Once you build a pantry of some of the book’s more frequently used ingredients, you can make the recipes quickly and cheaply. I’ve already used the Szechuan chili paste from the Mapo Tofu twice more since Saturday. It brings boring old steamed broccoli or scrambled eggs to LIFE.
My dinner guests were split on their favourites – one liked the Red Cooked Lion’s Head: “I’ve never had this dish before,” she said, “but the flavour reminds me of something similar I might have eaten as a child.” Another was quite keen on the black vinegar and garlic dressing, which I’ll agree is incredible, especially for how simple it is.
I fell in love with the Mapo Tofu, a dish I have been fond of for my whole life in Vancouver – this version was so simple, but so perfectly spicy and salty and balanced. And General Tso’s Chicken? It’s not too sweet, with a lot of garlic and a little bit of vinegar and heat: in short, it’s everything I hoped it would be.
General Tso’s Chicken
Makes two servings.
- 2 tbsp. Shaoxing cooking wine
- 1 large egg white
- 1/2 tsp. salt
- 1/4 tsp. ground white pepper
- 1 lb. boneless, skinless chicken thighs, cut into 3/4-inch cubes
- 3/4 cup chicken stock or water
- 1/4 cup Shaoxing cooking wine
- 2 tbsp. Chinkiang black vinegar
- 1 tbsp. soy sauce
- 1 tsp. hoisin sauce
- 2 tbsp. tapioca starch
- 1 tbsp. sugar
- 4 cups vegetable oil
- 3/4 cup tapioca starch
- 3 tbsp. minced garlic
- 1 tbsp. minced fresh ginger
- 1/4 cup dried red chilies
- 1 tbsp. roasted sesame oil
- 1 tsp. sesame seeds, toasted
- 2 tbsp. thinly sliced scallion greens
In a medium bowl, whisk together marinade ingredients. Add the chicken cubes, and, using your hands, work the marinade into the meat so that all pieces are well-coated. Set aside for 20 minutes.
Meanwhile, mix sauce ingredients together in another bowl. Set this aside too.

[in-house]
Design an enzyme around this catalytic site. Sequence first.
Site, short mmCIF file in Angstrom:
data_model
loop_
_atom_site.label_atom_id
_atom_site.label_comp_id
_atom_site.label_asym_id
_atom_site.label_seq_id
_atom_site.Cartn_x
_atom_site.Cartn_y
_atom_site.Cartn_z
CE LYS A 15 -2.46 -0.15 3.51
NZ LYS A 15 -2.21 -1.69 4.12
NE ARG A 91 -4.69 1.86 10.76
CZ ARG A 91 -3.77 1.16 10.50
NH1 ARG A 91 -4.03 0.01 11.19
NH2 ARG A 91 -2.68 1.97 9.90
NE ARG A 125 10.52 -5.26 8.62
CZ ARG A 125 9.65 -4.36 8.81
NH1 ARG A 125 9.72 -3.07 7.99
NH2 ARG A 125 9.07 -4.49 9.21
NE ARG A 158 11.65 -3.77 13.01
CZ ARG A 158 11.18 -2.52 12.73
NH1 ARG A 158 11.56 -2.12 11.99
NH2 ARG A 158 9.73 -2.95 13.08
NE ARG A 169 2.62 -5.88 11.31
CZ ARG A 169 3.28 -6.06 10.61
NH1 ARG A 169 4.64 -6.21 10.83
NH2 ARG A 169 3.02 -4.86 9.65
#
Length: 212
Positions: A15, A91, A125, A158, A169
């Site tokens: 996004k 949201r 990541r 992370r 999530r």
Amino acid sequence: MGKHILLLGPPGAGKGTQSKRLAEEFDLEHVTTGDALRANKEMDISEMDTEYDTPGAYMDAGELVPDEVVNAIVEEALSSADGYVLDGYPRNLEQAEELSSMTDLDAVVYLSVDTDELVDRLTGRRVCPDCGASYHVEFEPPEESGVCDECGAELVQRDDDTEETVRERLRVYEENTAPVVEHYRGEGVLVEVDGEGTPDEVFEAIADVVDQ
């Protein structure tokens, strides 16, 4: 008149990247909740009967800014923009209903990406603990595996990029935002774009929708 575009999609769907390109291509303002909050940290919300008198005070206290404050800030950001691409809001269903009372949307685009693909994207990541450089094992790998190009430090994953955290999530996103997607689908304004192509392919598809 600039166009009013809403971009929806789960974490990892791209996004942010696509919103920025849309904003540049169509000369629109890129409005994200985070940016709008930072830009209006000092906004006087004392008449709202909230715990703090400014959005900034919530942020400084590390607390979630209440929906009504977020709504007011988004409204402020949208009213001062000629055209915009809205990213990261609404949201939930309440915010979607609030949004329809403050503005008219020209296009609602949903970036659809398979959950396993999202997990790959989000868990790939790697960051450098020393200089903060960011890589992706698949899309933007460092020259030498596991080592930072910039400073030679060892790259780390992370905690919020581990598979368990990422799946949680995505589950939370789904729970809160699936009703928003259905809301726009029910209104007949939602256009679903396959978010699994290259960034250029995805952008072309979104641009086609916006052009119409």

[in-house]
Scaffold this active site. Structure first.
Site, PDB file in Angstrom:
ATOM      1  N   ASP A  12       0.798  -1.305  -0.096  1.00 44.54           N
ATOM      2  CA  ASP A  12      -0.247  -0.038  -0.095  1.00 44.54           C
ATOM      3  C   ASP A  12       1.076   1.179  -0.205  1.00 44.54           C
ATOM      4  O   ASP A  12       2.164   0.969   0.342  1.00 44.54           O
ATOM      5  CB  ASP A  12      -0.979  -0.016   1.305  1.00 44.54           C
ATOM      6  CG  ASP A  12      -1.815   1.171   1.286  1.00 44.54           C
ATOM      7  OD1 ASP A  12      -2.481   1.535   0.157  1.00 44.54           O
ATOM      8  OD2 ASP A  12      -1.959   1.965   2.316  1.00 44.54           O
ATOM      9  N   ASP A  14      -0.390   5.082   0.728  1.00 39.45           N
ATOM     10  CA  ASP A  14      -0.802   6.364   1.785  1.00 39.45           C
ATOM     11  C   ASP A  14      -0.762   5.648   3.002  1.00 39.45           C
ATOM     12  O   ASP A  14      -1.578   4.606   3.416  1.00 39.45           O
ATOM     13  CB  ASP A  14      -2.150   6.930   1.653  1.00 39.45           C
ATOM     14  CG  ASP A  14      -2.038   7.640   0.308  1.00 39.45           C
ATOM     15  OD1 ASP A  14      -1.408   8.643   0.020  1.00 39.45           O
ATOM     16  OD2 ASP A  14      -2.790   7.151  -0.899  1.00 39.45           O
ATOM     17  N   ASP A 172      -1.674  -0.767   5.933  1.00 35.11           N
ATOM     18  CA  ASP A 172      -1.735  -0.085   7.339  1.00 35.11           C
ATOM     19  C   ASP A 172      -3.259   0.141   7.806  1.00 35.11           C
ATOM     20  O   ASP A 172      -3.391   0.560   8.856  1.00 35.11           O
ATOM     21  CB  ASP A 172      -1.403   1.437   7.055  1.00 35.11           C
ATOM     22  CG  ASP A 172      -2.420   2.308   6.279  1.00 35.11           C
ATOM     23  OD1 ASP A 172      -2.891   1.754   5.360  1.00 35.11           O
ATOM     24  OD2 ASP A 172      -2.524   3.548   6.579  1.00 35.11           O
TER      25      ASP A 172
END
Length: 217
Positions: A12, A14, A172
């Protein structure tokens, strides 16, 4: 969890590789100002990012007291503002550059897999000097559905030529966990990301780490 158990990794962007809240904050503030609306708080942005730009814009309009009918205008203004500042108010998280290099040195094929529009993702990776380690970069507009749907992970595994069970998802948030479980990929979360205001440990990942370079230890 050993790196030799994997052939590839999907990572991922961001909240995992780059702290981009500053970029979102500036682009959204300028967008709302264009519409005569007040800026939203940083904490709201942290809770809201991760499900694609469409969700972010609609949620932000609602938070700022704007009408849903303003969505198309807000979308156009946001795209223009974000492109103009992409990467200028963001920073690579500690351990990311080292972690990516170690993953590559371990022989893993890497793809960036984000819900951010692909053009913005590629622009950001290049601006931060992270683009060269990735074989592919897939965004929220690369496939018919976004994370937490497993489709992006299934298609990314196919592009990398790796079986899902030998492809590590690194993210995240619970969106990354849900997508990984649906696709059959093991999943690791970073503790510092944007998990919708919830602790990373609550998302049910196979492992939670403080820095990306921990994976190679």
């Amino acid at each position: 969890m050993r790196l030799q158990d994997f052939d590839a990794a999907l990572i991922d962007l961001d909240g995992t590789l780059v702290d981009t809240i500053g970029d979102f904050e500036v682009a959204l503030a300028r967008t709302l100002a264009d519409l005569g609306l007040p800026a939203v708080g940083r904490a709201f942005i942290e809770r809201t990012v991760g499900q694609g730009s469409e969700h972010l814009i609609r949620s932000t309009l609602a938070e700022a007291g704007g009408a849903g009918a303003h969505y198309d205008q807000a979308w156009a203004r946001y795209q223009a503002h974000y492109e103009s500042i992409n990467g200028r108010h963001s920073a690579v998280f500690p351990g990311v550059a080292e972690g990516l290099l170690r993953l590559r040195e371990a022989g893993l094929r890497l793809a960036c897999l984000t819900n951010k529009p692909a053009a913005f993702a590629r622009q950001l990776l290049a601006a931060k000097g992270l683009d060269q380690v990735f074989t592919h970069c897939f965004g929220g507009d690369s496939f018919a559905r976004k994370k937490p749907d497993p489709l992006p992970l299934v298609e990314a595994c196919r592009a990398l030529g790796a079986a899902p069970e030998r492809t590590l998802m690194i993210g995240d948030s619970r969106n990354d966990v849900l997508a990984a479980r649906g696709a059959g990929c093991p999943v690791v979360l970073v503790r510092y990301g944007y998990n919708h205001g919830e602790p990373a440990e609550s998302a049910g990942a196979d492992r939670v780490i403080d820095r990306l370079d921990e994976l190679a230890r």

Put the tapioca starch into a bowl.
In a wok or Dutch oven, heat the vegetable oil to 375°F, or until it shimmers. Dredge the chicken pieces through the tapioca starch until well-coated. Working in batches, fry chicken pieces in the hot oil until golden brown, four to five minutes. Remove chicken with a slotted spoon to a plate lined with paper towels.
Pour off all but two tablespoons of the cooking oil, then return your wok or pot to the stove and add the garlic and ginger, cooking for about 30 seconds; do not let these burn. Add the chilies and cook for another 30 seconds. Give the sauce mixture a quick stir, then add this to the wok or pot and cook for about a minute, until the sauce has thickened. Return the chicken to the wok or pot and toss the pieces in the sauce. Add the sesame oil, then toss again.
Garnish with sesame seeds and scallions. Serve with rice and a cold salad.
To win a copy of Phoenix Claws and Jade Trees from Clarkson Potter, leave a comment below describing your favourite Chinese dish. You can leave comments until 11:59 PST on October 2; on October 3, I’ll put all the names in a hat and draw a winner. The winner will be notified by email on October 3.
Please note that this giveaway is for Canadian readers only; watch redcook.net after September 14 for information on giveaways for American readers.
Disclosure: I received a copy of this book for free. However, I really like the book and would buy it for myself if it wasn’t offered to me first. No one pays me money for my opinions, which is probably for the best.